• The first ever broadcast of a sporting event in Japan occurred on February 17, 1931. It was a baseball game, of course.
  • Long-time baseball player and manager Leo Durocher, who originally got his start as a shortstop with the Yankees, was injured in a car accident on February 17, 1989.
  • Former White Sox shortstop Luke Appling was voted into the Hall of Fame by a special vote on February 17, 1964. This election would have been hard to predict, as Appling received just two votes in his first year of eligibility.
    Players Who Have Died This Day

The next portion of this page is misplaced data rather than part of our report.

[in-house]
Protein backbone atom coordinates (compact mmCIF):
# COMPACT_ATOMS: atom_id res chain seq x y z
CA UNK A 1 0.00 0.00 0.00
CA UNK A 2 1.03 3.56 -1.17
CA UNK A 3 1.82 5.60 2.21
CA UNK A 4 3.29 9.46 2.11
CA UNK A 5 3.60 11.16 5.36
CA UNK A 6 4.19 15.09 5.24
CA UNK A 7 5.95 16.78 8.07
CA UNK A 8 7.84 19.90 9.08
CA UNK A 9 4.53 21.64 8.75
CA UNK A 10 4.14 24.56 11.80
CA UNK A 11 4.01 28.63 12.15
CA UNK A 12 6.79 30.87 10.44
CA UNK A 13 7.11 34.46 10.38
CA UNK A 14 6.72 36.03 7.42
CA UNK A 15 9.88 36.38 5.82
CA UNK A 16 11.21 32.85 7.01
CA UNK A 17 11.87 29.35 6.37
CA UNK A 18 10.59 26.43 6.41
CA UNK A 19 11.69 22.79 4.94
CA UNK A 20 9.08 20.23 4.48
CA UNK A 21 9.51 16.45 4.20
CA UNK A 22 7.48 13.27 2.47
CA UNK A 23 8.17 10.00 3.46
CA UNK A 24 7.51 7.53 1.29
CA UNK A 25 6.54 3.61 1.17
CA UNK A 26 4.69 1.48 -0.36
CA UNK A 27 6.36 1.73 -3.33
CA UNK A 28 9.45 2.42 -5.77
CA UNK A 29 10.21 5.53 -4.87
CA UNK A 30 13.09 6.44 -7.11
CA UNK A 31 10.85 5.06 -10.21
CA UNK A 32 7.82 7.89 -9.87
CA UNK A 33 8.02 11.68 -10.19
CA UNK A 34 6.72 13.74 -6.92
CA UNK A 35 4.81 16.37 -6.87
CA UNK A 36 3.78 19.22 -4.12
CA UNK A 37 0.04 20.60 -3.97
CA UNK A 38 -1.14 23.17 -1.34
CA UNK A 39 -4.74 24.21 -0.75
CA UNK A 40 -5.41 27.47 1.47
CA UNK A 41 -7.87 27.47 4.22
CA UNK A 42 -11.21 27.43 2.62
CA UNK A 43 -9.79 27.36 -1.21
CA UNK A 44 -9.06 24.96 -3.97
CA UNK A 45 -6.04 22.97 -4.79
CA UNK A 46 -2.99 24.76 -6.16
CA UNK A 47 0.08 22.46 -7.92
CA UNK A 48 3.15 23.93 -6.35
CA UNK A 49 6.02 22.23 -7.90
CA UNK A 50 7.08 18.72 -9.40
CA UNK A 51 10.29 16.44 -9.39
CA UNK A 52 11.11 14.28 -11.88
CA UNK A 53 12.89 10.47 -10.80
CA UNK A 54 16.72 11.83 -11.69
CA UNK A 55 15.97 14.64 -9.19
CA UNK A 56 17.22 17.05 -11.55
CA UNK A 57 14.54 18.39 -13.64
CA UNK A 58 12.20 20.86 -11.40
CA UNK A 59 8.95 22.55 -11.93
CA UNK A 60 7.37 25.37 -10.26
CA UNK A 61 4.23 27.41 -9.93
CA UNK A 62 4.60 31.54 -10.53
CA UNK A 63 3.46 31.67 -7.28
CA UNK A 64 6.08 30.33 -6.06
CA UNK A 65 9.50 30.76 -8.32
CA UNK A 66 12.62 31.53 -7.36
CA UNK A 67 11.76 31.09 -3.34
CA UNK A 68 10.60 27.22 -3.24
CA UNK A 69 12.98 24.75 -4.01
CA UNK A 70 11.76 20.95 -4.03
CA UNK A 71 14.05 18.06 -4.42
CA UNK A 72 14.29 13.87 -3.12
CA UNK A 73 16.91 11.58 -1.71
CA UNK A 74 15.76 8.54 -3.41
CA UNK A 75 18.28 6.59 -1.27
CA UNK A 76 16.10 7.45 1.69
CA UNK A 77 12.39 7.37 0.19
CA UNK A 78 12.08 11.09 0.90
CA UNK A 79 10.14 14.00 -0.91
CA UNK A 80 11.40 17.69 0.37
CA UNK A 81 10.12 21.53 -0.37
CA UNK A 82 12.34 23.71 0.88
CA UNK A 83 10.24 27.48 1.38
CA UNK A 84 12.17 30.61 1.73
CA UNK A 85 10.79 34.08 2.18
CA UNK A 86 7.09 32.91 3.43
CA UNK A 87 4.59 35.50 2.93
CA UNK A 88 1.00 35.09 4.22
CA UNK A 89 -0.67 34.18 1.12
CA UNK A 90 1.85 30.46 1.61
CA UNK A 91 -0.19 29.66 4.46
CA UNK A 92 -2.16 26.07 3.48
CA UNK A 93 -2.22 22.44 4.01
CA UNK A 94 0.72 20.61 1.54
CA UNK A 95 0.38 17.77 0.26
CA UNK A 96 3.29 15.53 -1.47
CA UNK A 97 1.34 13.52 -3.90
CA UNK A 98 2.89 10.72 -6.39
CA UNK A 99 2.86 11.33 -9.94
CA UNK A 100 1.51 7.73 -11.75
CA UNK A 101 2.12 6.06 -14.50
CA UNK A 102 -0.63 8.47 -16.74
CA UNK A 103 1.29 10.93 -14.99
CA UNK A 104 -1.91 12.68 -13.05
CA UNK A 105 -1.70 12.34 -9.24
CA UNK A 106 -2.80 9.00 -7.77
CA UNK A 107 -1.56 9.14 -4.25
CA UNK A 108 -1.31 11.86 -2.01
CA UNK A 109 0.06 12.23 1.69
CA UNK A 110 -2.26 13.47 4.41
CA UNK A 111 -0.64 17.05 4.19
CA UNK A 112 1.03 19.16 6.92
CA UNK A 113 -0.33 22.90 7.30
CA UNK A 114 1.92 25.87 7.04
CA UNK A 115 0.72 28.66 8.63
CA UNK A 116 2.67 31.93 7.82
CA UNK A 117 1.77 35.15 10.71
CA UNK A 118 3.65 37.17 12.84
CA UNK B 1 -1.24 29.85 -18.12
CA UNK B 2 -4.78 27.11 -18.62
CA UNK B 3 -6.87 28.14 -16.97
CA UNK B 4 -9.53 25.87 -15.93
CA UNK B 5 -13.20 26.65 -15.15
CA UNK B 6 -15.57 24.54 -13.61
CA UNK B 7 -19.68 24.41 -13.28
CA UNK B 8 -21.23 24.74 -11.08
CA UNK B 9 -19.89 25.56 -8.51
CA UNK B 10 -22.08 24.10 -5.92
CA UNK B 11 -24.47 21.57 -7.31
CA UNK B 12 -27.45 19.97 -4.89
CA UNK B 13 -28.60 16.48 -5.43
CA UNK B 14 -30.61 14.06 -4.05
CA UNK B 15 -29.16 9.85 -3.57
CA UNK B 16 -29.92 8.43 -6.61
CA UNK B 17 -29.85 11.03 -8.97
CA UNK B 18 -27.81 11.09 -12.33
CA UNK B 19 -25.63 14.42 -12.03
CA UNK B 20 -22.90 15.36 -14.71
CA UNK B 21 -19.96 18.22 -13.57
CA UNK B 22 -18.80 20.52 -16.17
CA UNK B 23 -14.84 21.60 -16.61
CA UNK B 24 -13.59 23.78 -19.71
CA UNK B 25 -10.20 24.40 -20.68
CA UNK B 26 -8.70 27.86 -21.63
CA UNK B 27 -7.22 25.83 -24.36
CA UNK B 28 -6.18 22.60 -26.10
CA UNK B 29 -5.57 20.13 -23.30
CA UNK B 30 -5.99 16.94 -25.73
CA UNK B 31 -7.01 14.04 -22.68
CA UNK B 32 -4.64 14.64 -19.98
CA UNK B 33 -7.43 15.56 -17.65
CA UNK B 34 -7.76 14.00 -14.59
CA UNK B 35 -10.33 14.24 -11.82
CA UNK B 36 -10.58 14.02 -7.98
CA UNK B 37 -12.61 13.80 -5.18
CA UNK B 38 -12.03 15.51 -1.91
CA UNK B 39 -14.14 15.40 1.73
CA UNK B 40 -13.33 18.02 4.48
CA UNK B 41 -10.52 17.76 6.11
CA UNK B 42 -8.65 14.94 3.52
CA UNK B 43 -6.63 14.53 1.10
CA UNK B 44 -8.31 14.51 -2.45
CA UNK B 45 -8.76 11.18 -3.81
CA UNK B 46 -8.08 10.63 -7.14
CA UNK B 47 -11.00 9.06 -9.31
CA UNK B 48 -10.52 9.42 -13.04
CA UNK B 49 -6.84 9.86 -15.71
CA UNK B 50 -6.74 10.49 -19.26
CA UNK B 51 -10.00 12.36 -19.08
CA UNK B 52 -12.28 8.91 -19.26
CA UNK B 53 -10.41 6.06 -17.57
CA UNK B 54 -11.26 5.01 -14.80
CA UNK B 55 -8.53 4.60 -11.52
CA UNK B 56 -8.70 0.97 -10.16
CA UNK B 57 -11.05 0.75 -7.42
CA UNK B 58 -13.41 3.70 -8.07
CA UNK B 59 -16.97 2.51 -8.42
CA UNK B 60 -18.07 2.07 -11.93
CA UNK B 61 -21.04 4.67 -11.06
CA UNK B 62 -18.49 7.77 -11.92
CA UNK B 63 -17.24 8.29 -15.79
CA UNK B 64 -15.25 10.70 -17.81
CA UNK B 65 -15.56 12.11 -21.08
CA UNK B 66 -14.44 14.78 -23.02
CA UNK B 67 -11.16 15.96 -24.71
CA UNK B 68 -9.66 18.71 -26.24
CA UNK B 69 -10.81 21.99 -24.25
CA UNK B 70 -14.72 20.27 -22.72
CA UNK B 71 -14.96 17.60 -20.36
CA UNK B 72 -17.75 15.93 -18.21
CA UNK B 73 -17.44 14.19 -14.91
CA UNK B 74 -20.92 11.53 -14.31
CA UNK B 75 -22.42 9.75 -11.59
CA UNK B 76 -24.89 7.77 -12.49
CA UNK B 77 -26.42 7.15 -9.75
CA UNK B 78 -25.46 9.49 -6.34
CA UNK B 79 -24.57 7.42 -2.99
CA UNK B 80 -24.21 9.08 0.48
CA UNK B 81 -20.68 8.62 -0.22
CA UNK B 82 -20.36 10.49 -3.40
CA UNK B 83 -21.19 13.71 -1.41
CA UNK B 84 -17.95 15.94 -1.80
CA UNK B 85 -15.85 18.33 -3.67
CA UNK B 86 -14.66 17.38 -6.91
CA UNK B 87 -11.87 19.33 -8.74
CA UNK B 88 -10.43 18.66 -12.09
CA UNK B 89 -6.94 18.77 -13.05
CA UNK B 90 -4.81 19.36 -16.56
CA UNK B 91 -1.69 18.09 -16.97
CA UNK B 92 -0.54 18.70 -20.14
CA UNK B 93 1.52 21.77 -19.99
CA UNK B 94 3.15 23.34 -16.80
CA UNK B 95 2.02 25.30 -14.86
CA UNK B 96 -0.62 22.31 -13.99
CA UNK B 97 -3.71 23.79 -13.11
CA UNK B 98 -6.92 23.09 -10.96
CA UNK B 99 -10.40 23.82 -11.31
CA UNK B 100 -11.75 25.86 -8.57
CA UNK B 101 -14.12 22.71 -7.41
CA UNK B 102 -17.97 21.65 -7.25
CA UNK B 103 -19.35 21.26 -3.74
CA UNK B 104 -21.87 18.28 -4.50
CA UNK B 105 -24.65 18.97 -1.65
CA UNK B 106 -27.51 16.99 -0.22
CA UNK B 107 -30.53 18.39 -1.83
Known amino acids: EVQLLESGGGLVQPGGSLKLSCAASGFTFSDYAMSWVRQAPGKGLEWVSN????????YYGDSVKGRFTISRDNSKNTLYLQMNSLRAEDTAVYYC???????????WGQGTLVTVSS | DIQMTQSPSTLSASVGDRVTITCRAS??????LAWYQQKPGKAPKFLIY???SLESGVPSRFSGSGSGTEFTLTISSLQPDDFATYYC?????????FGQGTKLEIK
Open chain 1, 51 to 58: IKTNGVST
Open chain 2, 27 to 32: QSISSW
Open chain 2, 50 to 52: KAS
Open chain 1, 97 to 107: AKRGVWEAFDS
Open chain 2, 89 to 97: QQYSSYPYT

• Not too long ago we posted about the surprising coincidence that two of the best all-time Yankee pitchers, Herb Pennock, and Allie Reynolds, shared a birthday (not the year, just the day). Well, two Yankee Hall of Famers, southpaw Lefty Gomez (1989), and righthander Red Ruffing, died this day (1986). Gomez posted a 189-101 Yankee record from 1930-1942, and lost one subsequent game with Washington. Ruffing, who pitched to a mark way below .500 in Boston before he arrived, went 231-114 with the Yanks from 1930-1946. The career mark dips to 273-225 when six Boston years and one with the White Sox are included. Also among those who died on February 17 is Washington outfielder Kip Selbach (1956), who hit 44 home runs with 779 rbi’s from 1894-1906. But Kip rightly earns his spot on the Yankee list because he played on the 1902 Baltimore Orioles club that would be shifted to New York as the Highlanders in 1903. In 128 games that year, Selbach hit three home runs and drove in 60 runs while getting 161 hits in 503 at bats.